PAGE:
Sunday 20 October 2019

Gerard O'Regan: 'DUP way out of its depth as Merkel decides the end-game has finally arrived'

'The thought of a divide in Ireland is surely anathema to Merkel’s core instincts.' Photo: Reuters/Axel Schmidt
'The thought of a divide in Ireland is surely anathema to Merkel’s core instincts.' Photo: Reuters/Axel Schmidt

Gerard O'Regan

When the dust finally settles on this wayward Brexit drama - and with the benefit of hindsight - there will be those judged to be winners and losers in the whole long-running saga.

As of now, one of those destined for the losers camp is DUP leader Arlene Foster. Her limitations as a political strategist have been brutally exposed; she and her party are out of their depth in the whirlpool of European power politics.

The old subtext 'Ulster Says No', which seems to underpin too many of Foster's utterances, is an echo from a bygone era. In continental capitals prototype DUP doggedness is simply seen as something to be confronted.

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The biggest miscalculation by Arlene Foster was an underestimation of collective EU willpower. Throughout all the toing and froing, the Brussels powerhouse refused to bend when it came to the core interests of the Varadkar Government.

As the brinkmanship intensified in recent months, the resolve of DUP supporters in Westminster was put under enormous pressure. Would the Tory heartlands stake their entire Brexit project on what many regarded as a fringe group on the edges of the UK? More importantly would British Prime Minister Boris Johnson stay loyal to the DUP cause? With his options declining almost by the hour, would he sacrifice his premiership and remain ever faithful to Arlene Foster's 'red lines'?

One of the reasons matters came to a head this week was the strident signals emanating from Angela Merkel. The inner sanctum in Berlin had decided the end-game had arrived. Its bottom line was Britain could indeed leave the EU - with or without a deal. But regardless of the consequences, there would be no breach of solidarity with the Republic of Ireland. German car manufacturers and the like would not blink. Their revered single market and customs union would be protested at all costs. That meant EU members sticking together no matter what.

There was also powerful symbolism in the decision of the German ambassador to Ireland to visit the Border, hours before the Varadkar-Johnson summit. Local residents were assured Germans know at first hand the destructive force of unnecessary divides. Locals were again reminded of the commitment of the Merkel government to the principles of the peace process.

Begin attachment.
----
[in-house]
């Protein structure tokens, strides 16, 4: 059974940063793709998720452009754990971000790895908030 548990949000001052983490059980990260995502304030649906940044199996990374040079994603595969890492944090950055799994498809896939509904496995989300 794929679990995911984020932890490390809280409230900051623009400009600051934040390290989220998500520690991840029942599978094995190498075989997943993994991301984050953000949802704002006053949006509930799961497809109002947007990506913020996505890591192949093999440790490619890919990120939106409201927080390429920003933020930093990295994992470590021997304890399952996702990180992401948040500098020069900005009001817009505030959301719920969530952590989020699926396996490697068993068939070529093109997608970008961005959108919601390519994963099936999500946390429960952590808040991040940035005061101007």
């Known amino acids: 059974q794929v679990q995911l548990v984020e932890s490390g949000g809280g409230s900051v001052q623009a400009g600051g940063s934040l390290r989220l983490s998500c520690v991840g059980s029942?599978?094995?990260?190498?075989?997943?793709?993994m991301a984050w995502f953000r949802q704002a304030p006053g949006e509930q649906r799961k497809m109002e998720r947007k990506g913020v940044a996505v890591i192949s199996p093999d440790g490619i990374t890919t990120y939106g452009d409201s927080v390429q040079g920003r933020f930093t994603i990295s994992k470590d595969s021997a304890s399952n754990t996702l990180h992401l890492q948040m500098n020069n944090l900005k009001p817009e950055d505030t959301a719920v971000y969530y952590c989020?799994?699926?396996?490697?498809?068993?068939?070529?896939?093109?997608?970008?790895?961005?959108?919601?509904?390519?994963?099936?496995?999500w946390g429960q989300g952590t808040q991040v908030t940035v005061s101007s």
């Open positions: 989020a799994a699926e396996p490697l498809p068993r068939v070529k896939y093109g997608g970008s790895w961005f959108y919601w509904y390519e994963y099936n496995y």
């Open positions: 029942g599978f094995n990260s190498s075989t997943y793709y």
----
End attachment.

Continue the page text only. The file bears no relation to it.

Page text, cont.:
It may be the German chancellor's experience as a child and young woman living behind the Iron Curtain has made her especially empathic to Irish concerns. Her biographers confirm her as somebody with an almost messianic belief in a "Europe without borders". The thought of a divide in Ireland - against the wishes of a majority North and south - is surely anathema to her core instincts.

Despite an unyielding stance in Berlin and elsewhere, the DUP continued to place all its hopes in Tory hardliners. All the while, thousands of unionists in the farming and business communities warned Foster's Brexit strategy would destroy their livelihoods. This was her biggest miscalculation. Like Boris Johnson, her actions have left her increasingly cornered, with declining options.

Regardless of how Brexit eventually plays out, unionism, in the words of one of its former leaders, Terence O'Neill, is once again "at a crossroads". But there is serious doubt as to whether Arlene Foster has the vision and foresight to chart a new pathway given the challenges ahead.

Meanwhile, as Brexit and related matters remained doggedly centre stage, Leinster House saw through the most low-key budget in our recent history. Even Opposition parties found it difficult to work up a sweat when bewailing its inadequacies.

But this was not too surprising. After all, of more consequence for jobs and living standards would be the fallout from a much-feared no-deal Brexit. There was general agreement that Ireland Inc needed to brace itself for a possible doomsday scenario. The ability to pay our way is vital. Hence, there was grudging acceptance for some caution as regards the country's finances.

If things should still fall apart Brexit-wise we will be left battling economic squalls on various fronts. A policy of 'what we have, we hold' makes sense. As the saying goes: "Sometimes a few pounds in the pocket is great for the nerves."

Irish Independent

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